Mystery solved. The hush-hush solar development in Olathe is sub rosa no more. The old Louisiana Pacific lumber mill along U.S. 50 is home to a cryptocurrency mine.
Aspen Creek Digital Corporation announced late last week that its “high-performance” bitcoin mining center is now operating on the site and is linked to the 10-megawatt solar fields that cover acres and acres around the old mill.
“ADC was founded with a simple premise in mind, which is to create a sustainable source of renewable energy to power our operations and put renewables back on the grid,” Aspen Creek Digital’s CEO Alexandra DaCosta said in a statement.
Also located on the site will be a 75,000-square-foot R&D and fulfillment facility to serve as a centralized testing, maintenance, storage and training hub for future Aspen Creek Digital “high performance computing centers.”
For months speculation swirled around the project as local economic and elected officials tried but failed to find out what was happening at the old plant. Efforts by The Sun to learn what was going on were also unsuccessful.
The trail did lead to El Segundo, Calif.-based Aspen Creek Digital, but the company did not reply to telephone and email requests for comment.
The decision in 2021 by China — once home to three-quarters of the world’s crypto mines — to ban the activity has sent crypto miners scrambling to find new homes, with rural areas in the U.S. with access to cheap power seen as prime locations.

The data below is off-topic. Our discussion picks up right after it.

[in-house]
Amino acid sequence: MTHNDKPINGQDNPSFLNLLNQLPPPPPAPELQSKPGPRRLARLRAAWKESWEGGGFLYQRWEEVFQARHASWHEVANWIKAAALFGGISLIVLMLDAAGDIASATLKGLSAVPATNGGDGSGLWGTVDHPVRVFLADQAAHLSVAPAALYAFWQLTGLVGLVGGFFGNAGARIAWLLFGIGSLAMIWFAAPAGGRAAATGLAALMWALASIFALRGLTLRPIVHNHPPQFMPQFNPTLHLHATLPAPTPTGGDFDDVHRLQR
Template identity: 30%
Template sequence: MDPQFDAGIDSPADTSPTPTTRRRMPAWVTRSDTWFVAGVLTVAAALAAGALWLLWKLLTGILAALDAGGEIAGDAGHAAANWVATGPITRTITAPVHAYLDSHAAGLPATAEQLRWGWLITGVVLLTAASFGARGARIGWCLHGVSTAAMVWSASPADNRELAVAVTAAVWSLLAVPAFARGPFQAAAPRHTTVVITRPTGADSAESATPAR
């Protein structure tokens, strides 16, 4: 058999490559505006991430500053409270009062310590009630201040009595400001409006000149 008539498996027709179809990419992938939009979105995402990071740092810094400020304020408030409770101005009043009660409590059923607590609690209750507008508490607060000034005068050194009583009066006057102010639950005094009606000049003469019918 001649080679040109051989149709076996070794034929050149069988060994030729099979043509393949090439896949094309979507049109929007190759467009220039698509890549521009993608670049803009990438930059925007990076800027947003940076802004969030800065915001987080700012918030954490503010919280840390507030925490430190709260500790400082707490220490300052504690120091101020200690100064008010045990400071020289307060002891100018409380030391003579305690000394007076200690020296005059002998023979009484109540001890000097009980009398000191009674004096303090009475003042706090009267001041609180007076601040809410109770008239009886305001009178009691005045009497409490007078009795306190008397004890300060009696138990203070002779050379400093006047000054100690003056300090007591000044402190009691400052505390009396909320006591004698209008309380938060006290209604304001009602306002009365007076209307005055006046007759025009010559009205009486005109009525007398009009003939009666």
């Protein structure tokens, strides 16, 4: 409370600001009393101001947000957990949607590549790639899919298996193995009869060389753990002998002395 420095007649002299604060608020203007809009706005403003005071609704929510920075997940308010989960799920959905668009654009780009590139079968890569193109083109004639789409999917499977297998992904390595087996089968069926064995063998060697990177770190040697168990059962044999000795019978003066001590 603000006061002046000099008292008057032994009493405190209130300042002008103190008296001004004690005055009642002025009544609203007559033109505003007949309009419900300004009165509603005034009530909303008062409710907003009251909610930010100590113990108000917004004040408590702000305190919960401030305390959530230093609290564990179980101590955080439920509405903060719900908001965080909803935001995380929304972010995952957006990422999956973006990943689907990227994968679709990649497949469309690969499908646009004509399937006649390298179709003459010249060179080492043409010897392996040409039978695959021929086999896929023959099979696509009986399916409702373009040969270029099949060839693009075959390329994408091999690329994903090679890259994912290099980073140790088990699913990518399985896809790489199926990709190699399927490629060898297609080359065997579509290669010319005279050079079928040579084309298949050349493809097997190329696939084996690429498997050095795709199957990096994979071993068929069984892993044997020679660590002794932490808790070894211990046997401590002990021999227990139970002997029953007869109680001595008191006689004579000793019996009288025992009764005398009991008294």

A second cryptocurrency mine, operated by Denver-based Crusoe Energy, has opened in Jackson County using potential waste gas from oil wells to fuel generators that power the operation.
Aspen Creek Digital, however, said it is focusing on twinning its operations with renewable power to develop more than 3 gigawatts of wind, solar and battery generation across the U.S. by early 2025.
The company said it already has additional cryptocurrency mines under development in Texas, with its second facility slated to open this summer. That mine, a 30 MW data center capable of hosting 10,000 cryptomine computers, will be five times as large as the Olathe operation. It will be linked to a 87 MW solar farm.
A third project will be even bigger, a data center with 150 MW of capacity, and an adjacent 200 MW solar installation.
“These projects represent significant additional generation resources for the Electric Reliability Council of Texas,” Aspen Creek Digital said. ERCOT, the Texas grid operator, has been challenged in meeting electricity demands, most notably in the winter of 2021 when Winter Storm Uri led to rolling blackouts across three-quarters of the state.
The two biggest ticket items for a cryptomine are specialized ASIC computers needed to keep track of bitcoin calculations — $10,000 each and hundreds are needed for a single mine — and the power to run them.
The cost of that energy and fluctuation in the market price of cryptocurrencies — which have plunged under recent economic and market conditions — pose the two biggest business risks for miners. Bitcoin, the biggest cryptocurrency, has dropped 70% from its November 2021 peak of $67,582 to about $20,779 on Monday.
“Recent market volatility has demonstrated the importance of our core strategy: controlling power as the principal input in bitcoin mining,” DaCosta said.